The first thing you notice when you walk into the Jesus Rafael Soto exhibition at the Museum of Fine Arts, Houston (MFAH) is not necessarily the massive 7.5 ton installation of 24,000 hand-painted PVC tubes hanging from the ceiling, though its appearance as a floating golden orb is certainly arresting. But what really stands out are the museum guards, blue-blazered, smiling ear-to-ear, actually playing in the exhibit themselves, and--get this--encouraging people to take photos with their phones. And why wouldn't you? The 28 foot-high "penetrable," as Soto called his installations, lends itself to creative shots, and if you hashtag your photos on Instagram or Twitter with #SotoSummer, you'll instantantly get a free printout from a Smilebooth printer sitting right next to the exhibit.
Search the hashtag #SotoSummer on Instagram and Twitter and you'll find thousands of pictures of people of all ages and creeds interacting with the exhibit, from children giggling as they run through the strands, to couples kissing on their anniversary, to fathers and daughters holding hands on Father's Day, to groups of high school friends lying on the floor for a birds-eye view of the work of art.
"In the two months since it's opened, we've had nearly as many #SotoSummer hashtags as we've had for the entire run of the #MFAH hashtag," says Whit Bones, External Engagement Liaison at the museum. "It's really taken off."
The MFAH knew that they wanted to encourage people to take photographs in the penetrable exhibit and share them on social media, and it was Bones' idea to collaborate with the photobooth company, Smilebooth, to incentivize social sharing by providing printouts of the Instagram or Twitter photos, along with a coupon for a reduced rate admission on your next museum visit. The Smilebooth printer is only one of two in existence, and its potential has skyrocketed since the success of this Soto venture.
"We saw how the culture was changing when it came to photography--everyone wants to take photographs with their phones and share them," says Bones. "So we simply adjusted our approach to fit that culture shift."
Gwen Watkins, Marketing & Promotions Manager at the museum, agrees, saying that they noticed with the landmark James Turrell exhibit last summer that, even though photos were prohibited there, people were sneaking them anyway and posting to social media. "We knew that if we actually encouraged them to do that in a photo-worthy backdrop, it could be a really big deal," Watkins says.
It also allows for the museum to listen to the kind of feedback they aren't normally able to get. "There's chatter in the comments," Bones says. "That kind of direct feedback from visitors is really valuable."
The MFAH is the first major museum to approach social strategy this way, truly opening up a work of art to be visually shared across social media. And while Soto passed away in 2005, before the penetrable was completed and 5 years before the release of Instagram, the museum believes that the social approach would have been entirely within the artist's vision.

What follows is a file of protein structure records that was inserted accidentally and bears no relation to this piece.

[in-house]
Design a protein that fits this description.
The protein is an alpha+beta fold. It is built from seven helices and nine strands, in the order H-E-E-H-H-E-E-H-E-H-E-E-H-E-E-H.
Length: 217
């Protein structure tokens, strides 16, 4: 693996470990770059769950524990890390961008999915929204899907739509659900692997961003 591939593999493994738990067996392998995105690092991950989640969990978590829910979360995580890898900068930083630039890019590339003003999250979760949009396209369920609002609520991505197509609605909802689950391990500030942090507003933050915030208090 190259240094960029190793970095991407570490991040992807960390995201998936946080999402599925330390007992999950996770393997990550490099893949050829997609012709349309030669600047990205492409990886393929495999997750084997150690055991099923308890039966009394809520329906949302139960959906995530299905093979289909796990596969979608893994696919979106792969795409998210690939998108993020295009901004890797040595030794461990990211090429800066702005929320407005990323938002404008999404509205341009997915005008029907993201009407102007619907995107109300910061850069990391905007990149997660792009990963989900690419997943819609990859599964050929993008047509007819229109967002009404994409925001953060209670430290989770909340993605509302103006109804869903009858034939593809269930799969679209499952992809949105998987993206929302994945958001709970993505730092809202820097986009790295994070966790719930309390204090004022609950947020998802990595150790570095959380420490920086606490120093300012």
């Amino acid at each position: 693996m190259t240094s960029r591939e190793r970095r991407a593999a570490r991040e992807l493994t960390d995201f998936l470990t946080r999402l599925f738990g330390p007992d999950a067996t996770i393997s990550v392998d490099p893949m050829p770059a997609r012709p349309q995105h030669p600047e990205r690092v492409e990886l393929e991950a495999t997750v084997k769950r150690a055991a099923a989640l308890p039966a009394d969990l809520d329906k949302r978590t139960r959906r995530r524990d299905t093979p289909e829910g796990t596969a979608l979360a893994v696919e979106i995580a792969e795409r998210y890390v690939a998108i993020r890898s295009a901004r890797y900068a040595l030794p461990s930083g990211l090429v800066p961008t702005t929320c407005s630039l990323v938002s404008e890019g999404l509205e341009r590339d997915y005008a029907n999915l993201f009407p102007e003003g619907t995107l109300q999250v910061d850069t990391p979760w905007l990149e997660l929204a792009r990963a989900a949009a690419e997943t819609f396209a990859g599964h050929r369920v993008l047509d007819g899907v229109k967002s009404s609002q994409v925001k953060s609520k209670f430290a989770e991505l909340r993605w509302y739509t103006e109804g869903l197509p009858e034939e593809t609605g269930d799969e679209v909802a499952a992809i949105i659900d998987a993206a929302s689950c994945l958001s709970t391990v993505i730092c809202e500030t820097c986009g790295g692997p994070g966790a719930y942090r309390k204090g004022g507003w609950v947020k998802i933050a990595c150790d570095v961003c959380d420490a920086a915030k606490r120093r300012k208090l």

"This is the manifestation of something that Soto would have loved," says Watkins. "He made these so people could be joyful by experiencing them and touching them, so this is great way to fulfill that.
Indeed, Soto's credo was that movement through one of his penetrables was the only way the work of art was completed. His art depends wholly on participatory interaction with it. The MFAH commissioned this project, Soto's final work of art, 10 years ago and couldn't have imagined then that social media would be the primary way they'd encourage that crucial participation.
The MFAH estimates that the total impressions on Instagram and Twitter for the last two months have been around 1.6 million, and a look through those hashtags reveals something else remarkable: the majority of photographs are from the unlikely museum demographic of young children and teenagers. It seems the #SotoSummer hashtag has brought the coveted young blood back into the museum world in a big way.
But it's not just for the kids. Walking through the strands you feel at once as though you've disappeared and been subsumed. Though there may be vague blurs of children running around and the disembodied voices of parents calling after them, you feel alone in the art, the boundaries of which have become invisible, the experience so sensory that it's nearly blinding. It's truly immersive, so much so that you might even forget to snap a selfie if the guards didn't remind you.
"No matter what age you are, you turn into a child when you walk in there," says Bones, who says he sometimes takes his lunch break on the walkway above the installation to people-watch. "I've seen a 90 year-old slowly walk through with his eyes closed and his arms wide open. It's a unique experience."
Don't miss your chance to experience the penetrable yourself and get your own Instagram printout. The exhibit closes September 1st but the printer will be gone after July 26th.